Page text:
Barrett says the ATO’s position is “perfectly reasonable: you can’t just define your SMSF investment strategy to be the universe of possible investments, which is effectively what you’re doing when specifying investment ranges of 0 to 100% for each and every class of investment.”

But he says it’s possible to specify a broad range for a specific asset class when it makes sense to do so. For example, if the trustees are planning to sell the property in the forthcoming year, the range might be 0 to 90%, or even 100% – but the investment ranges for cash, bonds and equities may be more narrowly defined.

Barrett suggests focusing on three fundamental components to an SMSF strategy, and regularly reviewing this strategy in line with requirements – which means at least annually.

  • Overall fund investment objectives: including return objectives and cash flow requirements. This may change as SMSF members move closer to retirement age, for example.
  • Diversification requirements: a diversified portfolio helps spread the risk of investments. The ATO explains “While a trustee can choose to invest all their retirement savings in one asset or asset class, certain risks such as return, volatility and liquidity risks can be minimised if a trustee chooses to invest in a variety of assets.”3
  • Liquidity requirements: a certain proportion of funds may be needed to satisfy pension payments, operating expenses, ASIC levies and/or death benefits. Property investments are not as liquid as cash holdings, for example.

Diversification concerns may have triggered the ATO letters, but it’s also important to consider liquidity requirements.

“There’s a real tension between what you should and shouldn’t do when in the retirement phase around your asset allocation,” explains Barrett. “Liquidity is much more important than during the accumulation phase, but cash can act as a drag on your overall returns. At the same time, market volatility is a bigger concern as retirees may not have as much time to recover from a market shock.”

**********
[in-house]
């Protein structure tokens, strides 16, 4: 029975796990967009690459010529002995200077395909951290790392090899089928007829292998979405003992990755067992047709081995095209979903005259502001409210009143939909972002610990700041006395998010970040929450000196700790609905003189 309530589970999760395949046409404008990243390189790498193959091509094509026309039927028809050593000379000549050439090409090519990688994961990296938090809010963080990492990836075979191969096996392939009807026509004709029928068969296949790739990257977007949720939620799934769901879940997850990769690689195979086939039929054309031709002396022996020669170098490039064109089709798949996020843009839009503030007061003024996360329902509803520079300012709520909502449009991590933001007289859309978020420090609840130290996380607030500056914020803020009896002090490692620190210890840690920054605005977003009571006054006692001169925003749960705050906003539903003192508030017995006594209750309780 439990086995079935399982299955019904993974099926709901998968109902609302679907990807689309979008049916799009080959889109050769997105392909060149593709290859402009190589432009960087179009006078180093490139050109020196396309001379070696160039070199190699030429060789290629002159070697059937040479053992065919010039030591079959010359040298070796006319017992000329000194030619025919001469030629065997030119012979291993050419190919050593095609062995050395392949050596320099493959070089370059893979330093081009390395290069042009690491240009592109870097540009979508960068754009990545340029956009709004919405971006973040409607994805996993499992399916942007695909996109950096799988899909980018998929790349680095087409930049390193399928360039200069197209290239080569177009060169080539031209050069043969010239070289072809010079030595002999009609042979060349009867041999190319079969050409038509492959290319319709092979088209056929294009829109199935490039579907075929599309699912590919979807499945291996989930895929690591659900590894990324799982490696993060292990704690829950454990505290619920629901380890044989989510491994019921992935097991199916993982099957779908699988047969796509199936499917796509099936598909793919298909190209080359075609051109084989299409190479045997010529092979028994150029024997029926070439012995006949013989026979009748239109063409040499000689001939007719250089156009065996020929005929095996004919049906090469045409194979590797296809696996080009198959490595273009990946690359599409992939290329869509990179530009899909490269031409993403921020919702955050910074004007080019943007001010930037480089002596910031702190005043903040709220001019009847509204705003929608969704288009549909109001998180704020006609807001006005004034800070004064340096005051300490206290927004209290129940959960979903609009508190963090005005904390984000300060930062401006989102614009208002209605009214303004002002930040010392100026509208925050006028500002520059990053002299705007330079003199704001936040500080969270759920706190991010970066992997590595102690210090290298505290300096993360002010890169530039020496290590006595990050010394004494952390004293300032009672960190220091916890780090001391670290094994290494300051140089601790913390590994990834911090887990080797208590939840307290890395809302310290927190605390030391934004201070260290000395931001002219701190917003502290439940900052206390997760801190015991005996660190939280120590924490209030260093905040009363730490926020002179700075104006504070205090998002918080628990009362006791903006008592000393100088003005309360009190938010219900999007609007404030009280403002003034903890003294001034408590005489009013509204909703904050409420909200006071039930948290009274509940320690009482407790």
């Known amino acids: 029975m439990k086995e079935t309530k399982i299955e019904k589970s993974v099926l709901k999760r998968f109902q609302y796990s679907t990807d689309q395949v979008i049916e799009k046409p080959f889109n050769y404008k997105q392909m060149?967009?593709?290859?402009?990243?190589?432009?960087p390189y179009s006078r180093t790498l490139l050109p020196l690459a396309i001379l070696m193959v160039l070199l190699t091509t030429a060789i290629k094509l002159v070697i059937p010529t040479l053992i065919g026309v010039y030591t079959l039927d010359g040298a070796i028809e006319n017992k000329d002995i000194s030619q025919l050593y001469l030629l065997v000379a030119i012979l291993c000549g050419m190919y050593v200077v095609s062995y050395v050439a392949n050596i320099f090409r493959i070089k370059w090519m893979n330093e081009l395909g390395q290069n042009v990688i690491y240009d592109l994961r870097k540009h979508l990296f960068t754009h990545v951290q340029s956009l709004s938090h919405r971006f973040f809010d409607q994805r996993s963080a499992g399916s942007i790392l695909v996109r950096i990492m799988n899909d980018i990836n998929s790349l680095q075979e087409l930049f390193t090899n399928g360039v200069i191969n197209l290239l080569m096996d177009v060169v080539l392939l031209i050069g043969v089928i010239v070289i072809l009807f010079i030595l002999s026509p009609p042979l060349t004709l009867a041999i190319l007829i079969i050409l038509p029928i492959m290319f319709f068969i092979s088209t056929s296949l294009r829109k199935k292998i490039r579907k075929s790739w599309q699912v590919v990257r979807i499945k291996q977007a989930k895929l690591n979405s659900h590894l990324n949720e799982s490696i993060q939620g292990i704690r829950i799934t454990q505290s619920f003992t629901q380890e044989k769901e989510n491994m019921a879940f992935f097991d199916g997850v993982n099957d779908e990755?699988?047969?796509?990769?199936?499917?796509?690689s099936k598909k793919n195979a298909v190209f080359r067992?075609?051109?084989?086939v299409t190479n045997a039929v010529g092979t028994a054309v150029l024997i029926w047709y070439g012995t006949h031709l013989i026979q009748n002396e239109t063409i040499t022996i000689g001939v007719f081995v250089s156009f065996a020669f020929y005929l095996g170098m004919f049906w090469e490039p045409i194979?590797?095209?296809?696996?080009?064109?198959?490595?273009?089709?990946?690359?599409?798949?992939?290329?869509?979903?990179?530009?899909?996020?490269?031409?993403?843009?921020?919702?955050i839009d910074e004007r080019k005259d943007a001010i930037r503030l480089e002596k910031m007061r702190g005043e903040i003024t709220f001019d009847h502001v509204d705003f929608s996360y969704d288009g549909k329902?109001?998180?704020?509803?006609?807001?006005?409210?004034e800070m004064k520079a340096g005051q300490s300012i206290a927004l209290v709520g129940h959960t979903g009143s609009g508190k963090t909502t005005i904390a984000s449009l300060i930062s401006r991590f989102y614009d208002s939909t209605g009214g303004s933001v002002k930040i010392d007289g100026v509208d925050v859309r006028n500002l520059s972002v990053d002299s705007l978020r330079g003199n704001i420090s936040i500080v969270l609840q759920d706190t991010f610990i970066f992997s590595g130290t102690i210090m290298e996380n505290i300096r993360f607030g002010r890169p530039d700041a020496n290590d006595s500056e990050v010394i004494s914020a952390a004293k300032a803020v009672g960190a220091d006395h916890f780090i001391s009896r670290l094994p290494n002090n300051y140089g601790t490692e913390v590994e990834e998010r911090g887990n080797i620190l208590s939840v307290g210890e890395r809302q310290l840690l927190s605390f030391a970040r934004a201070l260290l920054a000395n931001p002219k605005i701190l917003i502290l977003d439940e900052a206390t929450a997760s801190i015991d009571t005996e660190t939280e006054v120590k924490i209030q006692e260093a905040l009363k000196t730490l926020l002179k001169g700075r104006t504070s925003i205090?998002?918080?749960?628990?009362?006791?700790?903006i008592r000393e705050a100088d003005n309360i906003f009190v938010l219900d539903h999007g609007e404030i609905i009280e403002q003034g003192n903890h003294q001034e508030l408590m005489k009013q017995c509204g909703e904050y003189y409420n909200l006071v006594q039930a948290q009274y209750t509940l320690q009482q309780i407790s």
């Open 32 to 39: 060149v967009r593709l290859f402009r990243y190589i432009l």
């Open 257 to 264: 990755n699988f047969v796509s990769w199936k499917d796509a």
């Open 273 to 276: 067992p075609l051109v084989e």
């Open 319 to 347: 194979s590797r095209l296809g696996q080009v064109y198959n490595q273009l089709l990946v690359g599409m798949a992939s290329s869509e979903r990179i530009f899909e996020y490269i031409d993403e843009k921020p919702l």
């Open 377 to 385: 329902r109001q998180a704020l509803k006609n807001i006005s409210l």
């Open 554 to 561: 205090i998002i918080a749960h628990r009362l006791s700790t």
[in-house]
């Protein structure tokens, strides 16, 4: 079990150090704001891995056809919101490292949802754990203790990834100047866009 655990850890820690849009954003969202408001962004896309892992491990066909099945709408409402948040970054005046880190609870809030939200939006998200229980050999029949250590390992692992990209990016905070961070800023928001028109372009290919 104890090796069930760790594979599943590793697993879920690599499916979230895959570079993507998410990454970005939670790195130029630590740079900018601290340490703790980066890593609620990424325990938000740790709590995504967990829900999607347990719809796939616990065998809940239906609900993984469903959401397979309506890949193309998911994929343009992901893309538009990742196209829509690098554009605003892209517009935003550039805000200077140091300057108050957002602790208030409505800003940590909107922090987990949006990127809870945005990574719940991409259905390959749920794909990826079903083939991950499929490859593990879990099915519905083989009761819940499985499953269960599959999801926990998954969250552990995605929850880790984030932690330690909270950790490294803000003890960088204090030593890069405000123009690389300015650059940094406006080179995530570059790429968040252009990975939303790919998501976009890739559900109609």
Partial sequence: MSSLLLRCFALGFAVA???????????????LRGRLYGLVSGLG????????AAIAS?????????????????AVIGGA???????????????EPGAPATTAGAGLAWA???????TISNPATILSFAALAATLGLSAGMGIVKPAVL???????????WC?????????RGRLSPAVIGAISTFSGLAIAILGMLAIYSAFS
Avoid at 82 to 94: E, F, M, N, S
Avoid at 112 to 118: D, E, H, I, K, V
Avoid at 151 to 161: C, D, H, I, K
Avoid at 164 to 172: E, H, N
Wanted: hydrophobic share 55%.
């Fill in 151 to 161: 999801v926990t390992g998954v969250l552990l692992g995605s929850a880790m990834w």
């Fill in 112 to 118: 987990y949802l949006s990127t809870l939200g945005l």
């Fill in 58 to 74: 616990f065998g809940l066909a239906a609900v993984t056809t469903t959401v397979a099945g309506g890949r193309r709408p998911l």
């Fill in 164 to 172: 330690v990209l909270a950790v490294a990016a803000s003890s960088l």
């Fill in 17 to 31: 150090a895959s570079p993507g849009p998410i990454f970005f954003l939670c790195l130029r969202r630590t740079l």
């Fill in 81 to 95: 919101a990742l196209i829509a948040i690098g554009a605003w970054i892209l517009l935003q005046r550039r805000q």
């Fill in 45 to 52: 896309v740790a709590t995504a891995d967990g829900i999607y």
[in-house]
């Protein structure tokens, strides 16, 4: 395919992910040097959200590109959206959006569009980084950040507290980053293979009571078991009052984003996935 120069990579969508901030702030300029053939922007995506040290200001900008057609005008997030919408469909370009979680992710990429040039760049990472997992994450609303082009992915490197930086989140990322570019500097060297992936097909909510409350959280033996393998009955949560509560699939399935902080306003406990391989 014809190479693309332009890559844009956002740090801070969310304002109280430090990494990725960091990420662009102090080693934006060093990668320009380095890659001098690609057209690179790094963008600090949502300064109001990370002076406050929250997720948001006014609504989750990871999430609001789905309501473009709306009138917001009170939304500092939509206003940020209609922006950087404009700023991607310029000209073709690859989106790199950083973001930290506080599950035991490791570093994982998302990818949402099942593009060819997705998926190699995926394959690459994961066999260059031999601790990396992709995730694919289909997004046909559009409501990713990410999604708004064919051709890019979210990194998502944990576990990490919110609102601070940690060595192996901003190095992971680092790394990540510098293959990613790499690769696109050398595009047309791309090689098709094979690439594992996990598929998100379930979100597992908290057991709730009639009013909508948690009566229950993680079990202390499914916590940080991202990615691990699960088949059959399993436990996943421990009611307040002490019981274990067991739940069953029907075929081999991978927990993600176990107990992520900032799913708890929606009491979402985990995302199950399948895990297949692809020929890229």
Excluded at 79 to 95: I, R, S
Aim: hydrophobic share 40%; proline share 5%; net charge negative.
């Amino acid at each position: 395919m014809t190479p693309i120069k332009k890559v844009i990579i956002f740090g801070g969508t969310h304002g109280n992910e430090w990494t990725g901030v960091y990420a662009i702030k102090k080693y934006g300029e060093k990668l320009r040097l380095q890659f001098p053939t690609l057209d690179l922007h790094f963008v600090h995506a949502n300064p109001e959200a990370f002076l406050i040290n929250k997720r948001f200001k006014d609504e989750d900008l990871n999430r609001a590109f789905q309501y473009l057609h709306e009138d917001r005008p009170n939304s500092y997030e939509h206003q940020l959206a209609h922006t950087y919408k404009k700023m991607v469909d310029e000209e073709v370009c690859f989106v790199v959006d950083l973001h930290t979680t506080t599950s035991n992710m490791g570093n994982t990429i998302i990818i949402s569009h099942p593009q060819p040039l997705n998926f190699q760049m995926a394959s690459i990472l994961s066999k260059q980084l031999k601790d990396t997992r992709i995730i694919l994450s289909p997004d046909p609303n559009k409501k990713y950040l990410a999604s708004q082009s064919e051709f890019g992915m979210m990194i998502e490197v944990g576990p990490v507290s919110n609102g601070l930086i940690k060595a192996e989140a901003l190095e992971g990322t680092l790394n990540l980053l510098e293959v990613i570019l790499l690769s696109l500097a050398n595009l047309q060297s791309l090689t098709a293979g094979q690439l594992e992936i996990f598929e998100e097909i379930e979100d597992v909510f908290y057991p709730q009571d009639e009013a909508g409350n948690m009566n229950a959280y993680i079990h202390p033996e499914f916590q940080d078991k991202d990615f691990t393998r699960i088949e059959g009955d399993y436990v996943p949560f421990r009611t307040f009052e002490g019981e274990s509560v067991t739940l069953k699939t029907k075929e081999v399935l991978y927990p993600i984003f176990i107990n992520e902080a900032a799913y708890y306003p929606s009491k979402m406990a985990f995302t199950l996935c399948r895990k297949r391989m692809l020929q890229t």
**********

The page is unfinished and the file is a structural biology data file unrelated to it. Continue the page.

More than one in three SMSFs use a Macquarie Cash Management Account (CMA) to manage their money.4 It’s an efficient and transparent platform for managing the liquidity component of an SMSF’s holdings, allowing funds to be easily moved into other assets as opportunities arise.

Macquarie’s recent whitepaper, Hidden risks in a safe haven, highlights the importance of active cash investment management in the current low interest environment, and explores the options for balancing liquidity, return and capital preservation. As this chart from the whitepaper shows, there is always a trade-off between risk and return.

And this is ultimately what SMSF trustees need to demonstrate they have considered in their investment strategy. As long as trustees document that they have taken the fund’s objectives and cash flow requirements into account when considering investment risk and return issues, including suitable diversification and liquidity, they should be able to satisfy the ATO’s concerns.


To learn more about the role of cash in an SMSF portfolio, download our Hidden risks in a safe haven whitepaper.

Additional information

1

ATO gets tougher on SMSF investments, John Maroney, September 12 2019, Australian Financial Review

4

Source: Macquarie Bank Limited data, ATO Self Managed Super Fund Statistical Report

The Cash Continuum Chart is indicative only and based on market performance benchmarked in July 2020.

5

Source: Finder.com.au; based on current yields

6

Source: Mozo.com.au; based on current yields

7

Source: Macquarie; forecast total returns

8

Source: Macquarie; 5 year historic actual returns

This information is provided by Macquarie Bank Limited ABN 46 008 583 542, AFSL 237502 (MBL) for the use of licensed and accredited brokers and financial advisers. It does not take into account your or a potential client’s objectives, financial situation or needs – please consider whether it’s right for you or your clients.  

The Macquarie Cash Management Account is a basic deposit product issued by MBL.